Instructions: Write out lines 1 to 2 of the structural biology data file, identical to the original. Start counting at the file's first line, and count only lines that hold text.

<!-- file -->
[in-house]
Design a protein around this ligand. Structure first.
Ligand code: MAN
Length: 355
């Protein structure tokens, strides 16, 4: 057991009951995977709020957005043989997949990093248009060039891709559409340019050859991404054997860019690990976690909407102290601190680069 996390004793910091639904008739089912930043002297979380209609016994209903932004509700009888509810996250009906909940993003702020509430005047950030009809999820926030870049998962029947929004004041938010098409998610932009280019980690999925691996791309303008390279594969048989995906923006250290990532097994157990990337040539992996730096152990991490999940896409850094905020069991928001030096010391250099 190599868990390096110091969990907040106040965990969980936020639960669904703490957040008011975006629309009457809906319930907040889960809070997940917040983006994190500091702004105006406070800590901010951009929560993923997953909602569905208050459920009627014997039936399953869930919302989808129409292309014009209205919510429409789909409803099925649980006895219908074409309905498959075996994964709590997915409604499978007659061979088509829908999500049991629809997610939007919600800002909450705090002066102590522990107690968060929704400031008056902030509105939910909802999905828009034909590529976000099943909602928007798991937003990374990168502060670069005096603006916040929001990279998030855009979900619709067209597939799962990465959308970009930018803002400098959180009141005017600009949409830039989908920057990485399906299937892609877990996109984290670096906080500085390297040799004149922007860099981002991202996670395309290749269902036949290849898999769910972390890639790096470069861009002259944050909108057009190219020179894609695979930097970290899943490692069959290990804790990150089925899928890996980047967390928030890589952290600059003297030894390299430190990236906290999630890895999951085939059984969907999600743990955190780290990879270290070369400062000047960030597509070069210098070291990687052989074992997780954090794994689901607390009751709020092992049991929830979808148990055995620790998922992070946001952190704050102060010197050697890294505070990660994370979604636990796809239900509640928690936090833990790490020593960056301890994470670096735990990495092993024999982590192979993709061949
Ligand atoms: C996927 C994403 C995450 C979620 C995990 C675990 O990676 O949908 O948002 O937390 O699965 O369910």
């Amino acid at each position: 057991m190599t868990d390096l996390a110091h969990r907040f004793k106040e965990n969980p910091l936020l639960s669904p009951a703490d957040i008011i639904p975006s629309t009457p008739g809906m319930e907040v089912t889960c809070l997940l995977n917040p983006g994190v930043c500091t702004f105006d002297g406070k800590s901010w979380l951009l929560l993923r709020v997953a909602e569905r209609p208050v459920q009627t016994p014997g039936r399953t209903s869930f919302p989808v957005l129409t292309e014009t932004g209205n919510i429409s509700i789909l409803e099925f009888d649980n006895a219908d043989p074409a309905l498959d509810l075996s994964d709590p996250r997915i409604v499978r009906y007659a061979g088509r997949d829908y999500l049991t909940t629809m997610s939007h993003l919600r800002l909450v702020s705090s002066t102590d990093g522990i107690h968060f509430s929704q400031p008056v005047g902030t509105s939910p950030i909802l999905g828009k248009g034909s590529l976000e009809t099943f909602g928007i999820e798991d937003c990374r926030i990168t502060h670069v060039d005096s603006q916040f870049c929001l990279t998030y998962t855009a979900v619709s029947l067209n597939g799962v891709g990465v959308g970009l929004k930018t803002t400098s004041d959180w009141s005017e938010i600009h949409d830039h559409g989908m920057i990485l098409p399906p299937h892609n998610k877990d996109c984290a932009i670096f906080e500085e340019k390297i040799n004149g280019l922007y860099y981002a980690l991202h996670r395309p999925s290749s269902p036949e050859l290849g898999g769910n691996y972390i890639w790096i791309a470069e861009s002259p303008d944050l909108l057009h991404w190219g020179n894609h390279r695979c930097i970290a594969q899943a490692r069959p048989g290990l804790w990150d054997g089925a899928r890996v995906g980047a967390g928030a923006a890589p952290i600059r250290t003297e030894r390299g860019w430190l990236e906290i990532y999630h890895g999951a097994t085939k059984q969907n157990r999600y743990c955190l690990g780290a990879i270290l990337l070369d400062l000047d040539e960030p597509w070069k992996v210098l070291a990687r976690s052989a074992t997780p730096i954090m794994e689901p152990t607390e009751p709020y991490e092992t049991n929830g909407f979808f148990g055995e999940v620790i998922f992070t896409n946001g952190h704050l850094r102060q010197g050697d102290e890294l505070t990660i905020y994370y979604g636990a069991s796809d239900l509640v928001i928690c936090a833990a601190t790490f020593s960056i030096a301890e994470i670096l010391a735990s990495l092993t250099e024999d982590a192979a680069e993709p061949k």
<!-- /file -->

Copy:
[in-house]
Design a protein around this ligand. Structure first.